Impact of future climate

CSIRO (2007) found that future mean annual runoff in the basin is likely to decrease by 6%. The effects of future extreme climate due to a high global warming scenario range from a 31 to 39% reduction in mean annual runoff. The impacts of a low global warming scenario range from a 10% reduction to a 10% increase in mean annual runoff. These effects were assessed for current development pathways in the basin. Effects of climate change with future developments on runoff, end-of-system flow and other aspects of water availability are also described in CSIRO (2007). A study undertaken by the NSW Office of Water also provides estimates of future climate on water availability across NSW (including the Namoi river basin) (Vaze et al., 2008; Vaze and Teng, 2011) suggesting a change in mean annual runoff of ±20% depending on the 15 global circulation models used. Impacts of land cover change on water availability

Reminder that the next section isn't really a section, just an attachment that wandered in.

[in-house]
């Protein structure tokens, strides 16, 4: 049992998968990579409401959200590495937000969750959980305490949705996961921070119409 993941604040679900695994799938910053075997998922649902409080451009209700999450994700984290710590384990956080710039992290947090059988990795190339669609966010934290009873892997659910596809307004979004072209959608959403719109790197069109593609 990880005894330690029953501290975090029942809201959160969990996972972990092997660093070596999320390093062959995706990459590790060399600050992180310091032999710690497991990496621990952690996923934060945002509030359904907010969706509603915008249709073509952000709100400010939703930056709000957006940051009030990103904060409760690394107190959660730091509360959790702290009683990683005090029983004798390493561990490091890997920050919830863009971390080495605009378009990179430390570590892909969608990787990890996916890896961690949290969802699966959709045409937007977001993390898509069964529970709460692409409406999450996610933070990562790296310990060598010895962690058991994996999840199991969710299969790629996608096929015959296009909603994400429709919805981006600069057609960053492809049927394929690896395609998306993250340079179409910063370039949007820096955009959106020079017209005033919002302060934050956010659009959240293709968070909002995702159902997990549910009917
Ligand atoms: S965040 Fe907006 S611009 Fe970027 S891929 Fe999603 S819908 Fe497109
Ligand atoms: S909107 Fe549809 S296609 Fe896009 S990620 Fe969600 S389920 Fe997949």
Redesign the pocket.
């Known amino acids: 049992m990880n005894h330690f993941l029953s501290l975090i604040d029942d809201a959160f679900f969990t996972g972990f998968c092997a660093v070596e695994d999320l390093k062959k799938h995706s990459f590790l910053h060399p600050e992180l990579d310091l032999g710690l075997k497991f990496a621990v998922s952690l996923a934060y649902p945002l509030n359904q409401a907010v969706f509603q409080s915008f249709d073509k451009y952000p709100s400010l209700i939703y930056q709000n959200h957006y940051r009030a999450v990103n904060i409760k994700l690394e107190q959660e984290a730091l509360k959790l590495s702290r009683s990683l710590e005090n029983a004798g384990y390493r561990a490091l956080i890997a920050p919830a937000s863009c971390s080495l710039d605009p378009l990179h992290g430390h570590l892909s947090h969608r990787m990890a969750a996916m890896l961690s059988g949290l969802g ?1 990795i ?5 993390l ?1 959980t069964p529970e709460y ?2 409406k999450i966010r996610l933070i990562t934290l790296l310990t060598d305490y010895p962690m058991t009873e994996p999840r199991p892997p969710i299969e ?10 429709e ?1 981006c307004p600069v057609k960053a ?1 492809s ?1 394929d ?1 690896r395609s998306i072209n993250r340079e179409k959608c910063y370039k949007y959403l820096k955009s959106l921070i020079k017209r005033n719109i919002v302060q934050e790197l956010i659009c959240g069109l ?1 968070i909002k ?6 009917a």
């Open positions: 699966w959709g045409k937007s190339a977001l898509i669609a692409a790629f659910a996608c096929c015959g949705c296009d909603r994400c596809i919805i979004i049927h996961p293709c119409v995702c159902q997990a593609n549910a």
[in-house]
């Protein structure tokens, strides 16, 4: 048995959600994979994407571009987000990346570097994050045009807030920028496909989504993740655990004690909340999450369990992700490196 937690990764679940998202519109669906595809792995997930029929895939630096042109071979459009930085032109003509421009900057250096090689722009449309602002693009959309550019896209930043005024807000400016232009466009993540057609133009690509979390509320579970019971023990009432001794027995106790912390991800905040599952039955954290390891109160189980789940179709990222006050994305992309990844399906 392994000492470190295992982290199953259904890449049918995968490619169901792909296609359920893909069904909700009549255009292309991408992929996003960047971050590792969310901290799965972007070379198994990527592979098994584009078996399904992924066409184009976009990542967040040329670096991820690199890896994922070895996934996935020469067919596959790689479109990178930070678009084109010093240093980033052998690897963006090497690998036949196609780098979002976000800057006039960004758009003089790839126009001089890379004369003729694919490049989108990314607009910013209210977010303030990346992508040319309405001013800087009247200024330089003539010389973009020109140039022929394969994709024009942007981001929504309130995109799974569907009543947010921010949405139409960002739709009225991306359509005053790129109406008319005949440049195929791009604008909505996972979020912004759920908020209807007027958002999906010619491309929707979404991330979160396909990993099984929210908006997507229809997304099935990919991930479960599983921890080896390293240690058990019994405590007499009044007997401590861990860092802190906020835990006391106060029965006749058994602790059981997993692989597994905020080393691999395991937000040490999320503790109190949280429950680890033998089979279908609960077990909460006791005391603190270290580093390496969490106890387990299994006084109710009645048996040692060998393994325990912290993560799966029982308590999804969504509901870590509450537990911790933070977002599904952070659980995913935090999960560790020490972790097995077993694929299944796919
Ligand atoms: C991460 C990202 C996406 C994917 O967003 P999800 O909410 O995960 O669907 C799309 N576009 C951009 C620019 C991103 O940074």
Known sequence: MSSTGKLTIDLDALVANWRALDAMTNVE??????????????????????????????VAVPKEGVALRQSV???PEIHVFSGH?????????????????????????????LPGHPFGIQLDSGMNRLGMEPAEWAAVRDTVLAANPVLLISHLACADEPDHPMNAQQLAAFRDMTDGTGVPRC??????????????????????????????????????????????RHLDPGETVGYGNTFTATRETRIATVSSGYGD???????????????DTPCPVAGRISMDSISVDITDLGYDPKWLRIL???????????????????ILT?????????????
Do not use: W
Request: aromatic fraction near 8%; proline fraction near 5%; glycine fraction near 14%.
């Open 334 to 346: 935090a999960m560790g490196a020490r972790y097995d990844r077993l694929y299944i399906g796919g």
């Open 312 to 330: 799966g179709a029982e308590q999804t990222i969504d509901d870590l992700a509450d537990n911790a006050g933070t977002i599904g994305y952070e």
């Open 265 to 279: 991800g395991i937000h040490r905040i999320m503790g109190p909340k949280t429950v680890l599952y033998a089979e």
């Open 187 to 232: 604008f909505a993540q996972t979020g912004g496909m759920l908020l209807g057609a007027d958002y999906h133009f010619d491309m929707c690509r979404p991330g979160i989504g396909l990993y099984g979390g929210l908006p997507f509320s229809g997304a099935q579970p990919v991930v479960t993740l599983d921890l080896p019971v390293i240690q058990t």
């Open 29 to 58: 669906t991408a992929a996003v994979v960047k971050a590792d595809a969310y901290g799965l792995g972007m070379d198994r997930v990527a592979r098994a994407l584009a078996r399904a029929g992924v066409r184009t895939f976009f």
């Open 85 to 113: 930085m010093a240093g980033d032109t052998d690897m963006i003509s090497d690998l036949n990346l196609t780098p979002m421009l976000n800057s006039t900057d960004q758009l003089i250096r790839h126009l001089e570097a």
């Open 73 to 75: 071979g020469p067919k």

Land use change has a considerable impact on water availability. Although the effects of land use (and other related changes, e.g. water use change) can be seen in the flow reduction in Namoi River at Narrabri (Figure 38 and Figure 39), no study seems to quantify the impacts of these changes on water availability.

Along with land cover change due to agricultural activities, the detention and/or interception of surface runoff in pits of open-cut mines also affects water availability, which affects downstream surface water availability (Schlumberger Water Services, 2012).

Last updated:
19 December 2018